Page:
stuff in my head...foolish shapes.flattened dreamlessnesses
Cowards die many times before their deaths,
The valiant never taste of death but once.
Of all the wonders that I yet have heard,
It seems to me most strange that men should fear,
Seeing that death, a necessary end,
Will come when it will come.
Nelson Mandela’s favorite Shakespeare passage. Above, a handwritten draft page from his memoirs. (via)
Weather conditions in Arizona’s Grand Canyon last week gave rise to a rare phenomenon called total cloud inversion. Last Friday, and again on Sunday, the ground apparently released some of its heat rapidly enough at dawn to create a layer of cool, damp air inside the canyon, trapping it beneath the unusually warmer sky above the canyon walls and filling the space with a sea of fog. Park officials said the phenomenon is a once-in-a-decade occurrence and ran to capture these fantastic photos.
"To be free is not merely to cast off one’s chains, but to live in a way that respects and enhances the freedom of others."
- Nelson Mandela
We’re sad to hear of Nelson Mandela’s passing. To honor his legacy, we’ve gathered a few talks inspired by his extraordinary approach to peace amid the violent South African apartheid:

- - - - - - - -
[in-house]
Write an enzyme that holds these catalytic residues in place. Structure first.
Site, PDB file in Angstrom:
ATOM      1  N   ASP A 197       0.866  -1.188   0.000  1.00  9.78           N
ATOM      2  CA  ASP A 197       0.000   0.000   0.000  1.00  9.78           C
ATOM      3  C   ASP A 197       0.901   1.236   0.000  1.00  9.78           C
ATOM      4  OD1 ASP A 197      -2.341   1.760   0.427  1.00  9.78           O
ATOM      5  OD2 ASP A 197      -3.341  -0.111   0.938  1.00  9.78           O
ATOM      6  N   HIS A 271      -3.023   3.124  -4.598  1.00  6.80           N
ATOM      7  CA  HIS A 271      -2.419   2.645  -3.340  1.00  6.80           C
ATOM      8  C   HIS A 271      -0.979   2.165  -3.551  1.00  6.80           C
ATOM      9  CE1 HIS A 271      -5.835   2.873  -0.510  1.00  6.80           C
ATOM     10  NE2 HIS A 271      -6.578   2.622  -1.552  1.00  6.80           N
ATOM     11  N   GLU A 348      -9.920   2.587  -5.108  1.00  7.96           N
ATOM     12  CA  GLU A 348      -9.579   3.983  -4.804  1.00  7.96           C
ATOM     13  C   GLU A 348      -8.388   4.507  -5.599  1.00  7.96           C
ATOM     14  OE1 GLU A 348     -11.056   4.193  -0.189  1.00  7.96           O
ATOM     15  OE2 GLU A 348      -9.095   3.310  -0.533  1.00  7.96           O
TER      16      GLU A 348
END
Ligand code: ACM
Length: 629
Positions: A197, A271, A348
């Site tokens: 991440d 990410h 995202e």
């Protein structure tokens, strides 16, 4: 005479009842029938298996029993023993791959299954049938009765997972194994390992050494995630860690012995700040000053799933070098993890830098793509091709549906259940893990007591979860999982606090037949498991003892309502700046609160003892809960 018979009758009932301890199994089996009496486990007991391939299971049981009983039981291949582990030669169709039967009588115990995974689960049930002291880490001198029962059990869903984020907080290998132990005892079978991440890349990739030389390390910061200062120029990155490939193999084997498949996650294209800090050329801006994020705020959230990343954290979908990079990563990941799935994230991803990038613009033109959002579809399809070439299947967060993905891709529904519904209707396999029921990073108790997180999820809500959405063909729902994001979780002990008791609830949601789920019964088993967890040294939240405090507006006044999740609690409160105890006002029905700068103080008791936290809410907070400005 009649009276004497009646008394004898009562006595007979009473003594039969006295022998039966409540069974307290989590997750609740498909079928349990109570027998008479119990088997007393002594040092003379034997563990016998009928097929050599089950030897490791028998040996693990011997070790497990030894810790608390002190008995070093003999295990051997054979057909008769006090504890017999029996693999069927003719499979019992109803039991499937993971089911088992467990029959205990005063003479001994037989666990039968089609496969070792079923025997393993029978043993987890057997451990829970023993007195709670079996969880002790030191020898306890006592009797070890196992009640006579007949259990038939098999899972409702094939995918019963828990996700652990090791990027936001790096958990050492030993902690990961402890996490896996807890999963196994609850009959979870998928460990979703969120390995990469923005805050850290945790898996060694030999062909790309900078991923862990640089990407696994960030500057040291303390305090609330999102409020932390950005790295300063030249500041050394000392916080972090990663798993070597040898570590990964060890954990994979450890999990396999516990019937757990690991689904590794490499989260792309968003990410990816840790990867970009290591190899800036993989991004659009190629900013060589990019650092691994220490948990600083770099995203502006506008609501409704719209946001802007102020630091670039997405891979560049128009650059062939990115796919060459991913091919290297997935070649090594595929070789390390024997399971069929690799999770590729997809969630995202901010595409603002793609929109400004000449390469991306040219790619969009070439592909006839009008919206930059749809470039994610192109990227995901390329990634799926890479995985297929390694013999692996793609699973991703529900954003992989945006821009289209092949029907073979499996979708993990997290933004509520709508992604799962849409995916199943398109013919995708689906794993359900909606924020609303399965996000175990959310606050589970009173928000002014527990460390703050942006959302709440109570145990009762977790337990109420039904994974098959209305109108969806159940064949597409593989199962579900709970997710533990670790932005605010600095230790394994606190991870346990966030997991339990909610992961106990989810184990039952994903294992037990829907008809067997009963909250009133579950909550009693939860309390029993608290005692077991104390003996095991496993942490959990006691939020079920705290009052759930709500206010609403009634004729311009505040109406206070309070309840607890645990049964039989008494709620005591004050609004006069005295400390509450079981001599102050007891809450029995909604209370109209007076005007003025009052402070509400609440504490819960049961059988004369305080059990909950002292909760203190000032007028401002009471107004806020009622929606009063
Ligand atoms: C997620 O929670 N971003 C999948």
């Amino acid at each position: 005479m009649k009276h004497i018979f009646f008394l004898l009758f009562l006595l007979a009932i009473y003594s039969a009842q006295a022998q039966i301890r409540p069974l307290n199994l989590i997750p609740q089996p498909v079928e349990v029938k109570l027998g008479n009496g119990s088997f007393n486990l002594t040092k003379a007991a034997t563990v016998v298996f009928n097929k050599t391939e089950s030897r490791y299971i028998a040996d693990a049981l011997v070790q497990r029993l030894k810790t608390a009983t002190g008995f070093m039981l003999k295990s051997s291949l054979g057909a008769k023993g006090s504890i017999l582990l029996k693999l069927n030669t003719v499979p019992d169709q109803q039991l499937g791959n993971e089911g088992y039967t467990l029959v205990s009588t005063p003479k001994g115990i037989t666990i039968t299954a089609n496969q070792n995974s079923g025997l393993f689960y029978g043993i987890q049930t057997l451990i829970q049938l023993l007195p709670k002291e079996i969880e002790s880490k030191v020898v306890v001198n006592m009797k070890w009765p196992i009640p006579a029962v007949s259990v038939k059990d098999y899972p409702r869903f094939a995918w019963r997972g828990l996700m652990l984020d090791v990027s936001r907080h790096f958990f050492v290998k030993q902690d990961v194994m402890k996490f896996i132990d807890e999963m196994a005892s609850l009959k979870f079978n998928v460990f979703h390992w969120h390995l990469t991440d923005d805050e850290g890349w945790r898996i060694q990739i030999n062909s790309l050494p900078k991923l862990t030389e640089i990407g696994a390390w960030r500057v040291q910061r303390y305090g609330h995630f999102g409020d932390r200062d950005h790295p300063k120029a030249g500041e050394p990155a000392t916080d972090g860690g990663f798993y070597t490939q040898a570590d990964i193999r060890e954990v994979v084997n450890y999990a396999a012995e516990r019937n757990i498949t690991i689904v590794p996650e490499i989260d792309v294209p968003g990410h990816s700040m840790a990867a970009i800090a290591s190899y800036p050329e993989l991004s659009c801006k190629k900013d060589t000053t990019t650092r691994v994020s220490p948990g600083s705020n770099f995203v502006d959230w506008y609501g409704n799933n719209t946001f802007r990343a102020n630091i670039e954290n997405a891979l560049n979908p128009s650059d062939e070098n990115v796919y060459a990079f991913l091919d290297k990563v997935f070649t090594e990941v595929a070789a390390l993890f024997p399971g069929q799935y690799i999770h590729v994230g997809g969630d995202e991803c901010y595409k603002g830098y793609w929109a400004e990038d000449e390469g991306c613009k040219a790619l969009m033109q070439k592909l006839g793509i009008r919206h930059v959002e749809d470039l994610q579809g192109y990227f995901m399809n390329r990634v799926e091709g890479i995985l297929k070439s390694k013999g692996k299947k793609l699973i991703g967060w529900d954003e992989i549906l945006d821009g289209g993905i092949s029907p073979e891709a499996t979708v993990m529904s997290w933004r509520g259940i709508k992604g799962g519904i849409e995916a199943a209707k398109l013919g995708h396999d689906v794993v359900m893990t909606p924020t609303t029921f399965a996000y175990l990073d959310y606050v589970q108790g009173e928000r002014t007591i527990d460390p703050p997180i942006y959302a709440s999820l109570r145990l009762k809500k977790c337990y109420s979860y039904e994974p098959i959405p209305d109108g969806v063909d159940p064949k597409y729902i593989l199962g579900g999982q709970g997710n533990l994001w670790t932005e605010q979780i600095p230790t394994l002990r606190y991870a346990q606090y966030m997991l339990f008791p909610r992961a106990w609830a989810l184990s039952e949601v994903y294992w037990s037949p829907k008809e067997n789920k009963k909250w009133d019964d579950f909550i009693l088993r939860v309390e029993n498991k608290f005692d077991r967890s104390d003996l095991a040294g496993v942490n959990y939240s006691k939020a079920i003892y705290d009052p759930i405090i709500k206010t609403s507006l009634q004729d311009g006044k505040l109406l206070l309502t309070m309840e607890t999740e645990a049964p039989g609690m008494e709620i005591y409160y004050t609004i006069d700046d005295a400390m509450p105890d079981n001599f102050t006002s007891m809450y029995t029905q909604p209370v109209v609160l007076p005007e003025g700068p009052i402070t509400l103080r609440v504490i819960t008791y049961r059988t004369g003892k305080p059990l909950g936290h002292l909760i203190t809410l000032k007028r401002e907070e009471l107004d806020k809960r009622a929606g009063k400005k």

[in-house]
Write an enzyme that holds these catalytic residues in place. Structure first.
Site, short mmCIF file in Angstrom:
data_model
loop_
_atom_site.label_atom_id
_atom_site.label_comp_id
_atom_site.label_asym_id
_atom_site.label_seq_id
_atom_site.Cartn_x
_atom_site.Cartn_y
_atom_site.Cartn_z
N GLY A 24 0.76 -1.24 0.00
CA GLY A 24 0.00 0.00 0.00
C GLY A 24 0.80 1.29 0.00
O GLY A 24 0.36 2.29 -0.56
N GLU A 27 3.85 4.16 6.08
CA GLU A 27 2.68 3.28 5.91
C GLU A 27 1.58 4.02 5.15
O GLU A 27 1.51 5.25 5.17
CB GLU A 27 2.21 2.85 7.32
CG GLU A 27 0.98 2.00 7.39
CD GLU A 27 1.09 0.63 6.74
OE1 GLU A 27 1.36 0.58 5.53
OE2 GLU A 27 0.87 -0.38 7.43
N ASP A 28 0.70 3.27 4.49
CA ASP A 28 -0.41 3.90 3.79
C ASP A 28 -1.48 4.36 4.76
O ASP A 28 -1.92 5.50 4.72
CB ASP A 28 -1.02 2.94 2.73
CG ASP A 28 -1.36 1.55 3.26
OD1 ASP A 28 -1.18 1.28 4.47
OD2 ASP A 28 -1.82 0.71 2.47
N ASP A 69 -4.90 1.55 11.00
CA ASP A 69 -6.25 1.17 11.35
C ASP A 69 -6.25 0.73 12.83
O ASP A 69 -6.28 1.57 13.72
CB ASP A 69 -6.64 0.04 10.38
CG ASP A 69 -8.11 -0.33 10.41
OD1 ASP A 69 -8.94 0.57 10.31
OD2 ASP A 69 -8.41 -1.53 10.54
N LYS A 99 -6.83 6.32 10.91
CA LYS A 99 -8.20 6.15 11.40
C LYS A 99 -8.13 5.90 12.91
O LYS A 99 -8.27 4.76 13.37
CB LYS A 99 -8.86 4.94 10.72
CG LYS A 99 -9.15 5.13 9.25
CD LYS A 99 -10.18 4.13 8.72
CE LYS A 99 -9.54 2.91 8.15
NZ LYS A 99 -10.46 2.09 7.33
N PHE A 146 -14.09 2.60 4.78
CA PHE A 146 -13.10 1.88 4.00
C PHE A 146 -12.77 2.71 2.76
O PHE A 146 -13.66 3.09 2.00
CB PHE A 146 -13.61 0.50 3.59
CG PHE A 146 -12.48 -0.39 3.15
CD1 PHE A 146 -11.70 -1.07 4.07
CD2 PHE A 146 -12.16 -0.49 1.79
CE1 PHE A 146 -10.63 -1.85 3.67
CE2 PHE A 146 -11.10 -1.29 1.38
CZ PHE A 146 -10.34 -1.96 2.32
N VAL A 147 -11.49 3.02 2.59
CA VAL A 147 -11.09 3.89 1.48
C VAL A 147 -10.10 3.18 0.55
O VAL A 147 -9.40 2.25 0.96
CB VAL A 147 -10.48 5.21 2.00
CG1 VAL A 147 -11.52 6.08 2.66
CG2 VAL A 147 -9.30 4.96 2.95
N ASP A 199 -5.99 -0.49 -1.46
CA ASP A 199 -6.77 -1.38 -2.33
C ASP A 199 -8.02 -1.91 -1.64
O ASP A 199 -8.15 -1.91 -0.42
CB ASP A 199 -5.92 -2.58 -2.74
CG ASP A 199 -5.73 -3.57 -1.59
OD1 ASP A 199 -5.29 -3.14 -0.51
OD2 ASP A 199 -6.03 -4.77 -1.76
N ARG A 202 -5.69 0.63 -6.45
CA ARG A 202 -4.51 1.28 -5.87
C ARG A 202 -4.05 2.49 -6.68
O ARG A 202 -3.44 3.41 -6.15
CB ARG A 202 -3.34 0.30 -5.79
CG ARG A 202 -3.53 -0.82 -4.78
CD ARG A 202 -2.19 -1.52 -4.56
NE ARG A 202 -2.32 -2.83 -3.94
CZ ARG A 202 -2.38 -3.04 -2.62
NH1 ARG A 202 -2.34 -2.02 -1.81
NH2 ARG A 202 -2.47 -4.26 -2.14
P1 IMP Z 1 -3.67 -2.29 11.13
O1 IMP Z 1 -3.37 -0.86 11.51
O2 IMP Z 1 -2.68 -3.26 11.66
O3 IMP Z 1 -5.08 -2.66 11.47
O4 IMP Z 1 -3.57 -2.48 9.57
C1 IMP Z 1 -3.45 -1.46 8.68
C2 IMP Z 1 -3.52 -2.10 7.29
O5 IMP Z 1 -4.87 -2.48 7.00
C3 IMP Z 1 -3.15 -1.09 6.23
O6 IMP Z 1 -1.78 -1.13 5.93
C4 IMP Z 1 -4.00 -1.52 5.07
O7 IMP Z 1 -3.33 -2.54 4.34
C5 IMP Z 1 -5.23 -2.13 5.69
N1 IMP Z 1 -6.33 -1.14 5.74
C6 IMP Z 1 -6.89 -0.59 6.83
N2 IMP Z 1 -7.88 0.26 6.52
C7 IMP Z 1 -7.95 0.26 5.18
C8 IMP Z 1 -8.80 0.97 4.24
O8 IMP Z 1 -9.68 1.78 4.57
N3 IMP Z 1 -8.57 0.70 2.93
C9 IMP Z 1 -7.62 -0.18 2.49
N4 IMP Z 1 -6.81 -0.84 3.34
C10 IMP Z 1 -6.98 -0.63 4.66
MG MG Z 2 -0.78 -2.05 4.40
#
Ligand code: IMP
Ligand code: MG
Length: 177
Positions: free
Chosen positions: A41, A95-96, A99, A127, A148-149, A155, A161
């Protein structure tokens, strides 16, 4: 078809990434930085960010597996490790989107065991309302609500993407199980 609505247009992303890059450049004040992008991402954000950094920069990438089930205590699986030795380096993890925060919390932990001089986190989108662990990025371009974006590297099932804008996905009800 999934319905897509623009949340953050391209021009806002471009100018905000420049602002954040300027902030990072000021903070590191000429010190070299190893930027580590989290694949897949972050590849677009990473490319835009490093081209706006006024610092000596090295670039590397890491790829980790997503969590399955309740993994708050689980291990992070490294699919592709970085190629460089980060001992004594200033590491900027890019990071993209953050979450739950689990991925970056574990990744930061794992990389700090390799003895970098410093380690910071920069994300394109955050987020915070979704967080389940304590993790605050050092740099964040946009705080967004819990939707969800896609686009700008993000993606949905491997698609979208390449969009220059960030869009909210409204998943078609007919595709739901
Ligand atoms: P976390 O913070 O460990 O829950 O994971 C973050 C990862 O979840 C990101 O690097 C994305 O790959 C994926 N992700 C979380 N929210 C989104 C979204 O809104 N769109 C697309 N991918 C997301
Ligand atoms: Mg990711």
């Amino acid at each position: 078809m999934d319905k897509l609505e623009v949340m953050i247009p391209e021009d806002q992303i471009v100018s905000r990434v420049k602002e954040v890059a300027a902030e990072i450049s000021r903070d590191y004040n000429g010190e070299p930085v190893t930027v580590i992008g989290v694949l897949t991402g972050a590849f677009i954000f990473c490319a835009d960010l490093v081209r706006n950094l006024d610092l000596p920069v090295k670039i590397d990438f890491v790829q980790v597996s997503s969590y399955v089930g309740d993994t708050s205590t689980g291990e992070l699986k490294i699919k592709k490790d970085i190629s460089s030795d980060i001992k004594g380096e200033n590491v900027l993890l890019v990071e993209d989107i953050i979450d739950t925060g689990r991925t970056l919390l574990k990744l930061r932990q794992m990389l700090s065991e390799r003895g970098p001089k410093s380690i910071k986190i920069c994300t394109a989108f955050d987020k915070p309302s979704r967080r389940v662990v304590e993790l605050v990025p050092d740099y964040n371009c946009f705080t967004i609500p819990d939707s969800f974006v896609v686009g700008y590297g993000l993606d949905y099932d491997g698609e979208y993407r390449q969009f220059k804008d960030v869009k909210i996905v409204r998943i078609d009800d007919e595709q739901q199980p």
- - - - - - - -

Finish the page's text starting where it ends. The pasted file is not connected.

Fighting with non-violence, on the philosophies that power peaceful protests.
In defense of dialogue, on how honest conversations can solve global problems.
Thula Mama, a soulful song by a crucial artistic voice in the fight against apartheid.
May he be remembered for many years to come.
Nice work, buckeyes: you curse more than any state in the union. (Not to be confused with our Ohio-born associate editor’s odd penchant for exclaiming, “Jesus Christ and all his merry elves!”)
bullshit…no, really. customer service calls make for who curses most?
Day 4 of the 2013 Hubble Space Telescope Advent Calendar, one of 25 photos eventually. This interacting galaxy duo is collectively called Arp 142. The pair contains the disturbed, star-forming spiral galaxy NGC 2936, along with its elliptical companion, NGC 2937 at left. Once part of a flat, spiral disk, the orbits of the galaxy’s stars have become scrambled due to gravitational tidal interactions with the other galaxy. This warps the galaxy’s orderly spiral, and interstellar gas is strewn out into giant tails like stretched taffy. Gas and dust drawn from the heart of NGC 2936 becomes compressed during the encounter, which in turn triggers star formation. These bluish knots are visible along the distorted arms that are closest to the companion elliptical. (NASA, ESA, and the Hubble Heritage Team - STScI/AURA)
i don’t really know/care what advent calendars are (yeah, i know, something to do with the christians and what not), but these pictures are fucking amazing. that’s reason enough to check it out.
You may have seen this photograph (or one like it) floating around your social media feeds in the last week.
It’s the Grand Canyon filled with fog.
Gorgeous. Stunning. All the adjectives we use to describe things like space photos. They make sense here.
But is it real?
It certainly looked to be good to true to my eye.
But lo and behold, these images are real, tweeted out by the National Parks Service’s Grand Canyon team itself. I love when there is a simple answer to a viral photo question.
Read more. [Image: National Parks Service]